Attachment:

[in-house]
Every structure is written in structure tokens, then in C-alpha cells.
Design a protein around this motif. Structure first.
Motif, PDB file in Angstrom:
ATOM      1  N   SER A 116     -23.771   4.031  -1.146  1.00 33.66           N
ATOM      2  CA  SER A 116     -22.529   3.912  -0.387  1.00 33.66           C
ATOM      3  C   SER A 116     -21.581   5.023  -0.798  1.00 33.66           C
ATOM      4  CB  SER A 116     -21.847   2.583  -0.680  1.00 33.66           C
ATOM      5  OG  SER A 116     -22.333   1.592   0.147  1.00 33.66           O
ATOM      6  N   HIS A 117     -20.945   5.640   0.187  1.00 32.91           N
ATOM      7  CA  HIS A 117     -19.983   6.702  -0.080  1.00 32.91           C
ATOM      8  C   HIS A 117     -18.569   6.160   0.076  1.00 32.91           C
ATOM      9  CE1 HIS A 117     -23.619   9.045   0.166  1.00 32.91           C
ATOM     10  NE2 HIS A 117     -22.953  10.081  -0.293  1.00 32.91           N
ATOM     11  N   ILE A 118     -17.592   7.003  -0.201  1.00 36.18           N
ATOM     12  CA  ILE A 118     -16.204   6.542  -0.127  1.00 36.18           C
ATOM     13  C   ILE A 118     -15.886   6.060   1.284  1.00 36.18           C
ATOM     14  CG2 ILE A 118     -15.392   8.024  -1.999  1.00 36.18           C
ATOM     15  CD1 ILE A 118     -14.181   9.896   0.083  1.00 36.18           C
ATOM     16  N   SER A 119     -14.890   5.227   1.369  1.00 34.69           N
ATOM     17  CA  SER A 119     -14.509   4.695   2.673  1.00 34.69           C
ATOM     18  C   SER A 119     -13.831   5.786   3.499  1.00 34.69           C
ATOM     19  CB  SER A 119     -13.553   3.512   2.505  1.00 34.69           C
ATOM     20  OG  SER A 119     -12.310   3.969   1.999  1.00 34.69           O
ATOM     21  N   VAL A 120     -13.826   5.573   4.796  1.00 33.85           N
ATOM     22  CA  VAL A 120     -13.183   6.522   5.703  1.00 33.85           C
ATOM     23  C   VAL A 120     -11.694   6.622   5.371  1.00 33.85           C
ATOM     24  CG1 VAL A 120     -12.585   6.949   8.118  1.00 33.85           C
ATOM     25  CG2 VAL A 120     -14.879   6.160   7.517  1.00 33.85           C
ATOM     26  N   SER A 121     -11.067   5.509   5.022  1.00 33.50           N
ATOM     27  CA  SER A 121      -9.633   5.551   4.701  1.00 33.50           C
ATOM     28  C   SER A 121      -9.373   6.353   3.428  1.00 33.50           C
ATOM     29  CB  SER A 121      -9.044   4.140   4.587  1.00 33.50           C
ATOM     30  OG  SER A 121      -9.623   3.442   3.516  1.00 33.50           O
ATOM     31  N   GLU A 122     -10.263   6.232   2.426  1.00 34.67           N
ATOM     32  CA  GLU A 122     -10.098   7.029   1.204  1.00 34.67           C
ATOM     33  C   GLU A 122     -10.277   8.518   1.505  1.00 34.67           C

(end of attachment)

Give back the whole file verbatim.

[in-house]
Every structure is written in structure tokens, then in C-alpha cells.
Design a protein around this motif. Structure first.
Motif, PDB file in Angstrom:
ATOM      1  N   SER A 116     -23.771   4.031  -1.146  1.00 33.66           N
ATOM      2  CA  SER A 116     -22.529   3.912  -0.387  1.00 33.66           C
ATOM      3  C   SER A 116     -21.581   5.023  -0.798  1.00 33.66           C
ATOM      4  CB  SER A 116     -21.847   2.583  -0.680  1.00 33.66           C
ATOM      5  OG  SER A 116     -22.333   1.592   0.147  1.00 33.66           O
ATOM      6  N   HIS A 117     -20.945   5.640   0.187  1.00 32.91           N
ATOM      7  CA  HIS A 117     -19.983   6.702  -0.080  1.00 32.91           C
ATOM      8  C   HIS A 117     -18.569   6.160   0.076  1.00 32.91           C
ATOM      9  CE1 HIS A 117     -23.619   9.045   0.166  1.00 32.91           C
ATOM     10  NE2 HIS A 117     -22.953  10.081  -0.293  1.00 32.91           N
ATOM     11  N   ILE A 118     -17.592   7.003  -0.201  1.00 36.18           N
ATOM     12  CA  ILE A 118     -16.204   6.542  -0.127  1.00 36.18           C
ATOM     13  C   ILE A 118     -15.886   6.060   1.284  1.00 36.18           C
ATOM     14  CG2 ILE A 118     -15.392   8.024  -1.999  1.00 36.18           C
ATOM     15  CD1 ILE A 118     -14.181   9.896   0.083  1.00 36.18           C
ATOM     16  N   SER A 119     -14.890   5.227   1.369  1.00 34.69           N
ATOM     17  CA  SER A 119     -14.509   4.695   2.673  1.00 34.69           C
ATOM     18  C   SER A 119     -13.831   5.786   3.499  1.00 34.69           C
ATOM     19  CB  SER A 119     -13.553   3.512   2.505  1.00 34.69           C
ATOM     20  OG  SER A 119     -12.310   3.969   1.999  1.00 34.69           O
ATOM     21  N   VAL A 120     -13.826   5.573   4.796  1.00 33.85           N
ATOM     22  CA  VAL A 120     -13.183   6.522   5.703  1.00 33.85           C
ATOM     23  C   VAL A 120     -11.694   6.622   5.371  1.00 33.85           C
ATOM     24  CG1 VAL A 120     -12.585   6.949   8.118  1.00 33.85           C
ATOM     25  CG2 VAL A 120     -14.879   6.160   7.517  1.00 33.85           C
ATOM     26  N   SER A 121     -11.067   5.509   5.022  1.00 33.50           N
ATOM     27  CA  SER A 121      -9.633   5.551   4.701  1.00 33.50           C
ATOM     28  C   SER A 121      -9.373   6.353   3.428  1.00 33.50           C
ATOM     29  CB  SER A 121      -9.044   4.140   4.587  1.00 33.50           C
ATOM     30  OG  SER A 121      -9.623   3.442   3.516  1.00 33.50           O
ATOM     31  N   GLU A 122     -10.263   6.232   2.426  1.00 34.67           N
ATOM     32  CA  GLU A 122     -10.098   7.029   1.204  1.00 34.67           C
ATOM     33  C   GLU A 122     -10.277   8.518   1.505  1.00 34.67           C